6 songs that seem romantic but aren’t, and one that seems like it isn’t but is
Love songs are where we get our passion, our soul — and most of our worst ideas.
Throughout human history, oceans have been crossed, mountains have been scaled, and great families have blossomed — all because of a few simple chords and a melody that inflamed a heart and propelled it on a noble, romantic mission.
On the other hand, that time you told that girl you just started seeing that you would “catch a grenade” for her? You did that because of a love song. And it wasn’t exactly a coincidence that she suddenly decided to “lose your number” and move back to Milwaukee to “figure some stuff out.”
That time you held that boom box over your head outside your ex’s house? You did that because of a love song. And 50 hours of community service later, you’re still not back together.
Love songs are great. They make our hearts beat faster. They inspire us to take risks and put our feelings on the line. And they give us terrible, terrible ideas about how actual, real-life human relationships should work.
They’re amazing. So amazing. And also terrible.
Here are six love songs that sound romantic but aren’t, and one song that doesn’t sound romantic but totally is:
1. “God Only Knows,” by The Beach Boys
You can keep your “Surfin’ Safaris,” your “I Get Arounds,” and your “Help me Rhondas.”
When it comes to The Beach Boys, “God Only Knows” is where it’s at. A lush garden of soft horns and breezy melody. A tie-dye swirl of sound. A landscape of haunted innocence with some of the most heartrending lyrics ever committed to the back of a surfboard.
Here’s why it sounds romantic:
I may not always love you
But long as there are stars above you
You never need to doubt it
I’ll make you so sure about it
God only knows what I’d be without you
If you’re traipsing through a meadow in a sundress with your beloved and not playing “God Only Knows” on your iPod, you should really stop and start over.
If you’re lazily bumping a beach ball over a volleyball net and “God Only Knows” isn’t playing somewhere in the back of your mind, you need to rethink the choices that got you to this point.
If you’re a video editor compiling footage of grainy hippies frolicking in the mud and you’re not underscoring it with the opening chords of “God Only Knows,” you are doing it wrong.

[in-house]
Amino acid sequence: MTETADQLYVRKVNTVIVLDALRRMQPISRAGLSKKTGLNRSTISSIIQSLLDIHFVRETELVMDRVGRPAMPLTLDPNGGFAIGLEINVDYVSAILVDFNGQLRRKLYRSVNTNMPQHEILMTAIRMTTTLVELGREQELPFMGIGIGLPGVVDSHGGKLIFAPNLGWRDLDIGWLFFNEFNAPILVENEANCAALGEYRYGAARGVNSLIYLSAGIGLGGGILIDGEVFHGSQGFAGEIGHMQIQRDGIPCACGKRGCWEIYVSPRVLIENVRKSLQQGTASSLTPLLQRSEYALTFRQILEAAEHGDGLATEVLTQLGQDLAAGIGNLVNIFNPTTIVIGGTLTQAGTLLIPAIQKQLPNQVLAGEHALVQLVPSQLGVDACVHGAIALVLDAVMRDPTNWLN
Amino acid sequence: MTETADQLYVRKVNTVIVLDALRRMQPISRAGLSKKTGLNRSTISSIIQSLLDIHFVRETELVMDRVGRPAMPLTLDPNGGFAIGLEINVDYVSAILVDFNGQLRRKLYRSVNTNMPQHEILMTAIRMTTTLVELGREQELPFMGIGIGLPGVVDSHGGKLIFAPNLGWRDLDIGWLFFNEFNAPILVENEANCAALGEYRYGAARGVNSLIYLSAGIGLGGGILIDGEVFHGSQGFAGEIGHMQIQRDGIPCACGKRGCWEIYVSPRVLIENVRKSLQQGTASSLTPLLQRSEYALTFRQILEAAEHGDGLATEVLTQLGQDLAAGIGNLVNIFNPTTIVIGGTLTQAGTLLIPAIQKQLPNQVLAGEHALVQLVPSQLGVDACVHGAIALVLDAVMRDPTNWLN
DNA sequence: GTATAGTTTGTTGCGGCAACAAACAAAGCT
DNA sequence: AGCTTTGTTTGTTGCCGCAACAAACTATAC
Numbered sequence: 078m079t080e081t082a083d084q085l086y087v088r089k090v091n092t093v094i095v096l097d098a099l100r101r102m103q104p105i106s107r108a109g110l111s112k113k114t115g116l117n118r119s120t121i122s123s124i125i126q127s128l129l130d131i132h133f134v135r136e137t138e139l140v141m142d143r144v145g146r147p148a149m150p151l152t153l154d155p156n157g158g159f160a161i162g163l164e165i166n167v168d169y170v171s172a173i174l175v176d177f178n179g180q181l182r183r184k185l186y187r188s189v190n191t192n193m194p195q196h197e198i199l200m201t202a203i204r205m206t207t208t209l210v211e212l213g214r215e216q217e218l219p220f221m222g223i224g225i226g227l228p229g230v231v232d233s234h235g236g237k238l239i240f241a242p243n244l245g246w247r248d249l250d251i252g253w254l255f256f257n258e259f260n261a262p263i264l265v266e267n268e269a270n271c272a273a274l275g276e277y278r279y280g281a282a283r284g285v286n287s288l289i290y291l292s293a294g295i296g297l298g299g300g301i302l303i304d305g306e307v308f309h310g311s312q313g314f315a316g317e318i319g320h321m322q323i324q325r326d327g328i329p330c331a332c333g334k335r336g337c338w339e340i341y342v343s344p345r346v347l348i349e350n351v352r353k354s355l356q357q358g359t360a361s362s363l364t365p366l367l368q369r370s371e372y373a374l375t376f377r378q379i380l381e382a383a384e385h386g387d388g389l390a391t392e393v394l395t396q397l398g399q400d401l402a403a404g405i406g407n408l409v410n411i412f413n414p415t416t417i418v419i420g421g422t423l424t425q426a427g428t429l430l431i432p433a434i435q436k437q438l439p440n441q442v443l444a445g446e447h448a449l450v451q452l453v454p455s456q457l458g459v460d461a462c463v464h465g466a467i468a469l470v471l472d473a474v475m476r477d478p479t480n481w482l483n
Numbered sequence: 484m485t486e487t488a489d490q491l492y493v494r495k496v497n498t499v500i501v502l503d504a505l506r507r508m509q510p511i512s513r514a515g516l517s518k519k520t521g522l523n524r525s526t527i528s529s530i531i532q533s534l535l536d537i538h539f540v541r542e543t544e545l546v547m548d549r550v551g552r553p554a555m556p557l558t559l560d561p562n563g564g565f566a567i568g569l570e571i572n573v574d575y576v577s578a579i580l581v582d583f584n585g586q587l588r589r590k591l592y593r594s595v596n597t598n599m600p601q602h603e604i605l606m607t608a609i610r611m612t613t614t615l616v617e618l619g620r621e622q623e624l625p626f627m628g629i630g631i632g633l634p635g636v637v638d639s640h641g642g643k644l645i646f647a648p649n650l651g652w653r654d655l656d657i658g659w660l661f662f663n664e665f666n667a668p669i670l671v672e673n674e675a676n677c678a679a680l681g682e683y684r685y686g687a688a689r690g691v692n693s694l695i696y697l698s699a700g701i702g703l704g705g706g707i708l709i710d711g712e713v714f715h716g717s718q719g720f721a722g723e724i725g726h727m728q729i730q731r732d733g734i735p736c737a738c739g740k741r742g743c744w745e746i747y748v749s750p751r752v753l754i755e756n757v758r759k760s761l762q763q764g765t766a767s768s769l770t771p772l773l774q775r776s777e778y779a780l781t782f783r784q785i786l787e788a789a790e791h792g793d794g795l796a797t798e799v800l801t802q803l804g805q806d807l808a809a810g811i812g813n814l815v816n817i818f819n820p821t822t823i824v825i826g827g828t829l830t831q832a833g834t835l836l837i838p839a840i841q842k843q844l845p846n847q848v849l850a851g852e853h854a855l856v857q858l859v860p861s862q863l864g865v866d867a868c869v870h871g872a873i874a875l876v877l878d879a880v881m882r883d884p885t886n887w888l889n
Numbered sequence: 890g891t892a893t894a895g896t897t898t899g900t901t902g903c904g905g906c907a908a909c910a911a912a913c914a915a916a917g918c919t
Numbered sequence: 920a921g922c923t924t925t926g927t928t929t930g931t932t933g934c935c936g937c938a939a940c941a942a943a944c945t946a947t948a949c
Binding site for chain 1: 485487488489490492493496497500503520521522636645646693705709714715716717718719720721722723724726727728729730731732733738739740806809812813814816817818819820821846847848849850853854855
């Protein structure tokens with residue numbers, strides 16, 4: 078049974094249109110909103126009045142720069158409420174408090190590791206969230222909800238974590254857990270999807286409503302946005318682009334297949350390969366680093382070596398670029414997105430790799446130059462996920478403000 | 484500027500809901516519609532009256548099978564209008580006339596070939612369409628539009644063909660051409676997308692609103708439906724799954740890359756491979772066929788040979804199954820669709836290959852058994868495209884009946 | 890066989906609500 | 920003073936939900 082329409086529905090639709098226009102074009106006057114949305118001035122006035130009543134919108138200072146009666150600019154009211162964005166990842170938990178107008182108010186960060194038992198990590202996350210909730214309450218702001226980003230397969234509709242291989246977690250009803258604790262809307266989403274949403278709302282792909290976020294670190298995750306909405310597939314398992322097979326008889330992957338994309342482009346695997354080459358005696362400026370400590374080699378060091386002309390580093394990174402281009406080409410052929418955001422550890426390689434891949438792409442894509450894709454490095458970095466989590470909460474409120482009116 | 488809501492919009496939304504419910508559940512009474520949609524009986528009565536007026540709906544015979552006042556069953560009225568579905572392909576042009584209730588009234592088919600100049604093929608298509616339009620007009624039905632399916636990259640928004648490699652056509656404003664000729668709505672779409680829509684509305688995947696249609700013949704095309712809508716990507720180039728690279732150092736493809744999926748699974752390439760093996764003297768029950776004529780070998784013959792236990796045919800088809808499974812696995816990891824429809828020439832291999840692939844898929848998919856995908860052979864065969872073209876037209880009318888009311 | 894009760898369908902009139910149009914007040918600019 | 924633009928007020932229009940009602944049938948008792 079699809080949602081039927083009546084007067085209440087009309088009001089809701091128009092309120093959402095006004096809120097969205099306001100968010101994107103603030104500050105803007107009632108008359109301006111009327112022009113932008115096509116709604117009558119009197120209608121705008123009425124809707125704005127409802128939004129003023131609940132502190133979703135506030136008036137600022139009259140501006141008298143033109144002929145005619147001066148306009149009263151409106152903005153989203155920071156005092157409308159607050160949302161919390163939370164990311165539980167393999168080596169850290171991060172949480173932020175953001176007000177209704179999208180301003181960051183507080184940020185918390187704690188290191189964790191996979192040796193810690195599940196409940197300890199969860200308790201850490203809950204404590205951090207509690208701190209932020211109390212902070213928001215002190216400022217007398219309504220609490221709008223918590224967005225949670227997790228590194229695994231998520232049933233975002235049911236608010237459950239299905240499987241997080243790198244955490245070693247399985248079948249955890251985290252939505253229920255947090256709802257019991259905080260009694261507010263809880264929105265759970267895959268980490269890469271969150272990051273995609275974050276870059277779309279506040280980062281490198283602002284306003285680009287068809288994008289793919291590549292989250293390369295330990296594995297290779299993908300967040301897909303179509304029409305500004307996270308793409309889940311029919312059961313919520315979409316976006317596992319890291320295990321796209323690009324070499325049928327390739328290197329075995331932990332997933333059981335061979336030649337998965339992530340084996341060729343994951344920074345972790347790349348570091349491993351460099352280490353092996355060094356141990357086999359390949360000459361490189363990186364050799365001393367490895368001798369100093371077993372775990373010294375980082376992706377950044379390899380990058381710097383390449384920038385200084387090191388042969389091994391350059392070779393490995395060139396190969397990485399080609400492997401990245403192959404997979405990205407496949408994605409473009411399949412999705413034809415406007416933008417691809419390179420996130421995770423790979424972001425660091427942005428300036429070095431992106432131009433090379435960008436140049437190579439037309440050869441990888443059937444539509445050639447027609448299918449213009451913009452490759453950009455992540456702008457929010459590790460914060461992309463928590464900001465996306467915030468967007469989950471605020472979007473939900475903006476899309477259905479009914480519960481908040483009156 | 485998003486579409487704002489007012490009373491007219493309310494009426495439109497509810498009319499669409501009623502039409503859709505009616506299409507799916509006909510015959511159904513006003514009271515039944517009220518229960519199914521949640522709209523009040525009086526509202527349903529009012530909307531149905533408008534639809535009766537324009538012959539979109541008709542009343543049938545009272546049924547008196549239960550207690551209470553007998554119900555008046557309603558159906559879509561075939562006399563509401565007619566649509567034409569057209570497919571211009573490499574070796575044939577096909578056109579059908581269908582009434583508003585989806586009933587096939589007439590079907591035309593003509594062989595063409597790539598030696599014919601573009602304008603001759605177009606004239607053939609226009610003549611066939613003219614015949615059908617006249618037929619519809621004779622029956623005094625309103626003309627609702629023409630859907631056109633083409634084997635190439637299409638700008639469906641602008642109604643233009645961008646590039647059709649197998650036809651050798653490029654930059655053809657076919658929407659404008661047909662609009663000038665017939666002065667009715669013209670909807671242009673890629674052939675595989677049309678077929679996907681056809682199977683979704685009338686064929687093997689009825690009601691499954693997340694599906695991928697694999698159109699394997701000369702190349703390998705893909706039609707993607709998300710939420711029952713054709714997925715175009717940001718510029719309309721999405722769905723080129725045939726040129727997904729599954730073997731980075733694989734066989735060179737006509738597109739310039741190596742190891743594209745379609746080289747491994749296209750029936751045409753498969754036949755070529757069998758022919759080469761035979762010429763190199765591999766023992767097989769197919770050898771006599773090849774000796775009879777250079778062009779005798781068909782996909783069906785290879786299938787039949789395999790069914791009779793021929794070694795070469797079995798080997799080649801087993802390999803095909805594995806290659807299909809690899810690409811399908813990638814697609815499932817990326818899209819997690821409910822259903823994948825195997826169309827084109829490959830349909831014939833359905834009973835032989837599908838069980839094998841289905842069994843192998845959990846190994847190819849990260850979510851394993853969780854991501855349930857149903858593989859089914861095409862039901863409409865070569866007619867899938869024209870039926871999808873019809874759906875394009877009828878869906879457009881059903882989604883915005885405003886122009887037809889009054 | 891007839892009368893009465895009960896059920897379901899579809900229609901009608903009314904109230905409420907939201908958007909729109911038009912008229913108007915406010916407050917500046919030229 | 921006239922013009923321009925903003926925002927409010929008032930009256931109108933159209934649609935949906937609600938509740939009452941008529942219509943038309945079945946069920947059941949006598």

What could be wrong with that?
Here’s why it’s actually really, really unromantic:
There’s nothing wrong with loving someone. Sending them flowers. Leaving over-the-top notes in their P.O. boxes. Stroking their hair as they fall asleep while you whisper the complete works of Nicholas Sparks into their ear.
“Miles Ryan stood on the back porch of his house, smoking a cigarette…” Photo by hatchettebookgroup.biz.
If you should ever leave me
Though life would still go on believe me
The world could show nothing to me
So what good would living do me?
Look, I get it. Breakups suck. There’s no getting around that. But good God.
There’s a huge difference between saying: “Hey babe, you are my first and foremost everything and I’ll be bummed if you go.” And saying: “Welp, you accepted that job in Seattle, so I’m just gonna chug a bunch of nightshade and call it a life.”
But that’s pretty much the gist here. Which makes this line…
God only knows what I’d be without you
…horror-movie creepy. Because the answer, apparently, is: “I’d be a corpse!”
Investing all your happiness and sense of self-worth in any relationship — one that, by definition, might one day end — is putting a lot of eggs in one basket. Sure, God may only know what you’d be without her, but God probably also hopes you have, I don’t know, some hobbies. Take a yoga class. Google some woodworking videos. Try kite surfing.
“Yeah! Hell yeah! What was her name again?” Photo by Jim Semlor/Federal Highway Administration.
No wonder she took that job in Seattle.
2. “Treasure,” by Bruno Mars
Sure, it’s a blatant rip off of every Michael Jackson song you’ve ever heard. But, we don’t have Michael Jackson anymore, and as tribute acts go, you could do a lot worse than Bruno Mars.
Look at that face. That face! Photo by Brothers Le/Flickr.
Treasure, that is what you are
Honey, you’re my golden star
You know you can make my wish come true
If you let me treasure you
If you let me treasure you
Pass those lyrics to anyone on a used napkin at an eighth-grade make-out party and you’ll likely get an instant toll pass on the highway to tongue-town (ew).
Pass them to your spouse and, chances are, date night is going to culminate in 47 minutes of chaste-yet-passionate frenching.
Pass them to a cop who pulls you over for running a stop sign, and they will think you’re weird — but probably still make out with you.
In fact, Bruno Mars basically has a lifetime pass to make out with America because of this song.
But, here’s why “Treasure” isn’t as romantic as it seems:
Everything about “Treasure” is retro. Everything.
Including its attitudes about gender.